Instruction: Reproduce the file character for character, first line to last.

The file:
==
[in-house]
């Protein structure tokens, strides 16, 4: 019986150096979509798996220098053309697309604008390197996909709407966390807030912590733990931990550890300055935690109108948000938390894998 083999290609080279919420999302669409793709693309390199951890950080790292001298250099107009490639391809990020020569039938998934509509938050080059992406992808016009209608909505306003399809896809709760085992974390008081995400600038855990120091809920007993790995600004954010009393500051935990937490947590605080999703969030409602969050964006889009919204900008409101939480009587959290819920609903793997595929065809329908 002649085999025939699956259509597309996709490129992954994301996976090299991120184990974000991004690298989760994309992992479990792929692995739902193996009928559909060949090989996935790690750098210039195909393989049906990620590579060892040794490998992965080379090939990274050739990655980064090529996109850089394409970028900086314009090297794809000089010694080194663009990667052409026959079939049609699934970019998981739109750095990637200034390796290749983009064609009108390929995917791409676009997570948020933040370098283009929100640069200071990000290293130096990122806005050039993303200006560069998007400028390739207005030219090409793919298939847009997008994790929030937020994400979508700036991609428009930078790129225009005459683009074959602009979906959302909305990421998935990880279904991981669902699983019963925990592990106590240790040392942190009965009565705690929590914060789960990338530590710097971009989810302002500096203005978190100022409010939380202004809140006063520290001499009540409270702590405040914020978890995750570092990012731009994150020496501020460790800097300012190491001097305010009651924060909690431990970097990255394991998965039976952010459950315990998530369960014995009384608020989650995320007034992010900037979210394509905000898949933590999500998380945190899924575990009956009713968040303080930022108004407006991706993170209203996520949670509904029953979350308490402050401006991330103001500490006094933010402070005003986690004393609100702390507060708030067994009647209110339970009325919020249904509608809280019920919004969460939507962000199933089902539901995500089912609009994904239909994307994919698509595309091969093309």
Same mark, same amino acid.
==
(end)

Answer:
[in-house]
């Protein structure tokens, strides 16, 4: 019986150096979509798996220098053309697309604008390197996909709407966390807030912590733990931990550890300055935690109108948000938390894998 083999290609080279919420999302669409793709693309390199951890950080790292001298250099107009490639391809990020020569039938998934509509938050080059992406992808016009209608909505306003399809896809709760085992974390008081995400600038855990120091809920007993790995600004954010009393500051935990937490947590605080999703969030409602969050964006889009919204900008409101939480009587959290819920609903793997595929065809329908 002649085999025939699956259509597309996709490129992954994301996976090299991120184990974000991004690298989760994309992992479990792929692995739902193996009928559909060949090989996935790690750098210039195909393989049906990620590579060892040794490998992965080379090939990274050739990655980064090529996109850089394409970028900086314009090297794809000089010694080194663009990667052409026959079939049609699934970019998981739109750095990637200034390796290749983009064609009108390929995917791409676009997570948020933040370098283009929100640069200071990000290293130096990122806005050039993303200006560069998007400028390739207005030219090409793919298939847009997008994790929030937020994400979508700036991609428009930078790129225009005459683009074959602009979906959302909305990421998935990880279904991981669902699983019963925990592990106590240790040392942190009965009565705690929590914060789960990338530590710097971009989810302002500096203005978190100022409010939380202004809140006063520290001499009540409270702590405040914020978890995750570092990012731009994150020496501020460790800097300012190491001097305010009651924060909690431990970097990255394991998965039976952010459950315990998530369960014995009384608020989650995320007034992010900037979210394509905000898949933590999500998380945190899924575990009956009713968040303080930022108004407006991706993170209203996520949670509904029953979350308490402050401006991330103001500490006094933010402070005003986690004393609100702390507060708030067994009647209110339970009325919020249904509608809280019920919004969460939507962000199933089902539901995500089912609009994904239909994307994919698509595309091969093309």
Same mark, same amino acid.